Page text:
By: Marco Paul

Hello my fellow Bricksters, this may come as a shocker to you but… I’m 41. I know what you are thinking:  “What?! No way! You don’t look a day over 30!”- LOL! Ok, that last part may be stretching it a little, but in all seriousness, the reality is that I don’t feel 41, but my body is.

I’ve been strength training since I was 22 and started doing CrossFit a little over 6 years ago, so all together almost 20 years of lifting things up and putting them down. I always try to pay attention to form and managed to stay injury-free, while still PR-ing and progressing in my performance, until last August. I was training at BRICK one morning last summer when suddenly I felt something on my left shoulder as I came down from a set of strict pull ups. The pain was enough that I had to stop training and I immediately noticed that I couldn’t raise my left arm overhead. Obviously I was concerned. I went home, massaged it, took some Advil and hoped it was just muscle soreness and/or tightness. It wasn’t.

The next few days I couldn’t sleep on my left side, I couldn’t even raise my left arm to do so much as a jumping jack or hang from a pull up bar, even getting up during a burpee hurt, ugh! Needless to say, it was incredibly frustrating. I did acupuncture, which helped a little but didn’t solve the problem. Finally the physical therapist told me what I was dreading to hear: it was tendonitis. He went on to explain the most common cause of shoulder tendonitis is overuse of the shoulder. This means the tendons in the rotator cuff are overworked beyond what they can handle, and over time they eventually become damaged. Among other factors, heavy lifting and improper technique can cause overload of the tendons (#fml).

What followed was several weeks of physical therapy, along with a very modified workout routine to be able to train around my injury. It was the first time that I had experienced chronic pain and let me tell you, it wasn’t fun. This led to me reevaluate my fitness goals and take a closer look at my objectives and more importantly the purpose of my training. I came to the realization that whether I liked it or not, my body is not the same as it was 20 years ago, not even 6 years ago, when I first started doing CrossFit, and as such, I needed to be more careful with how I trained. I had to accept that after lifting for over 20 years, I have some wear and tear across my body and it cannot withstand the same type of stress it did when I was younger and less experienced.

 

Here are a few of my tips on how to approach fitness after 40 (and beyond):

> Stop being in competition with your former self

CrossFit athletes tend to be very competitive, but I realized that I had to break off that mindset. Not only is it wrong to compare yourself to other people (each person is unique), but also, stop being in competition with your former self.  Realize that you may not come close to the amount of weight you were able to lift in your mid-20’s or 30’s.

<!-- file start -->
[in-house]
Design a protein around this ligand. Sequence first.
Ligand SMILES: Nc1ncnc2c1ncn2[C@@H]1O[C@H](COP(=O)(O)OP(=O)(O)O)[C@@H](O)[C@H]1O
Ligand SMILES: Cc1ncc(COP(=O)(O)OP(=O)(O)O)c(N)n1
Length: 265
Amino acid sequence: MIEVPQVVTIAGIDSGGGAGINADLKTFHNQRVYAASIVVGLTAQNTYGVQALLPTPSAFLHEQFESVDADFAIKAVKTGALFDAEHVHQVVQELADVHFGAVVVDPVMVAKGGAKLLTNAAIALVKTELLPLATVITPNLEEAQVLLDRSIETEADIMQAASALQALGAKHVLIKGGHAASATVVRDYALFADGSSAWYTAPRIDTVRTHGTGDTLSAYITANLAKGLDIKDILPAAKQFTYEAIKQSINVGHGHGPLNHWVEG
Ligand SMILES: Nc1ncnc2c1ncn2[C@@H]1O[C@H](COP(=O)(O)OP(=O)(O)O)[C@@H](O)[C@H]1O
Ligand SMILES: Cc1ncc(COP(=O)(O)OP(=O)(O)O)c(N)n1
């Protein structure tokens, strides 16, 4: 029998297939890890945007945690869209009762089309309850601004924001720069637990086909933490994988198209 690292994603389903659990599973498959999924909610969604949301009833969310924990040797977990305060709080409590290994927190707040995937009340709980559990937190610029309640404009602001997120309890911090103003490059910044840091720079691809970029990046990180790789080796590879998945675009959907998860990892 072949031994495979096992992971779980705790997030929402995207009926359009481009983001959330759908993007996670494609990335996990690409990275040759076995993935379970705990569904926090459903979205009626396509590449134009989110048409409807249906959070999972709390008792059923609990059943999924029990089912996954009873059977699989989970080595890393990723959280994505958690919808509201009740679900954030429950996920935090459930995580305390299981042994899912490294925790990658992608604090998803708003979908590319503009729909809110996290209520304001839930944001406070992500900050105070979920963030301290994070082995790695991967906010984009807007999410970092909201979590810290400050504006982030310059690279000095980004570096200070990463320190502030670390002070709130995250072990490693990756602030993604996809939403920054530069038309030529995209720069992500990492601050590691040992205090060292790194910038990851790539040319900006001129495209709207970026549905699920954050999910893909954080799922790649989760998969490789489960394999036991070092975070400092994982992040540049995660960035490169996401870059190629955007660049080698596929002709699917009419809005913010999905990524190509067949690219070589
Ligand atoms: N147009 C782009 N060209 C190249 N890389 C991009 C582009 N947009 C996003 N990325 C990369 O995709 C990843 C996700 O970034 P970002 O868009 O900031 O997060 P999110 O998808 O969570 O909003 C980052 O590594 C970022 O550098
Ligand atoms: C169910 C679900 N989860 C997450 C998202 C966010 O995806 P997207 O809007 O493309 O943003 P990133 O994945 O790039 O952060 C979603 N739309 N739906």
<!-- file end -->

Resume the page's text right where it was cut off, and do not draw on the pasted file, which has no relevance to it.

> Think of the end game

Shift your mindset and think of what truly is your end-game. For me it is to have fun, look good and more importantly stay healthy and injury-free. Unless you are a professional athlete, the majority of us workout because we like it, so let’s keep it enjoyable.

> Listen to your body and get enough rest

You should always listen to your body and get enough rest, regardless of your age. This becomes even more important when you are over 40. You may not hit the same PR’s that you did, or it may take longer, but that doesn’t mean you are not performing.  Also, taking that extra day off to do some other low impact activities is just as great.

> Maintaining when you are over 40 is ok!

Now don’t get me wrong, I’m still focused and determined when I work out and give myself goals to hit, but I’m also realistic about them. I’m still pushing as hard to break my PR’s, but I’m not discouraged when it doesn’t happen. Being able to keep up with your previous performance is just as good!

> Incorporate tempo into your workouts

I’ve learned to switch from focusing just on increasing load and volume, to now using lighter weights and low volume, while keeping the intensity high. Incorporating tempo with more pause reps (increasing the time under tension) and eccentric accentuated work is a great way to do this.

> Variety is good

When my body feels off, I train around those issues by doing exercises that are easier on my body, even incorporating certain machines that feel right. Variety is your friend.

 

Training over 40 doesn’t mean that you have stopped progressing and that you are now declining — it is mostly a mindset change. You must understand your body and be realistic about your fitness goals, while still having fun and staying injury-free. I now train more for the pleasure of it, than to beat my previous PR, and that has made all the difference. Also, my shoulder thanks me. 🙂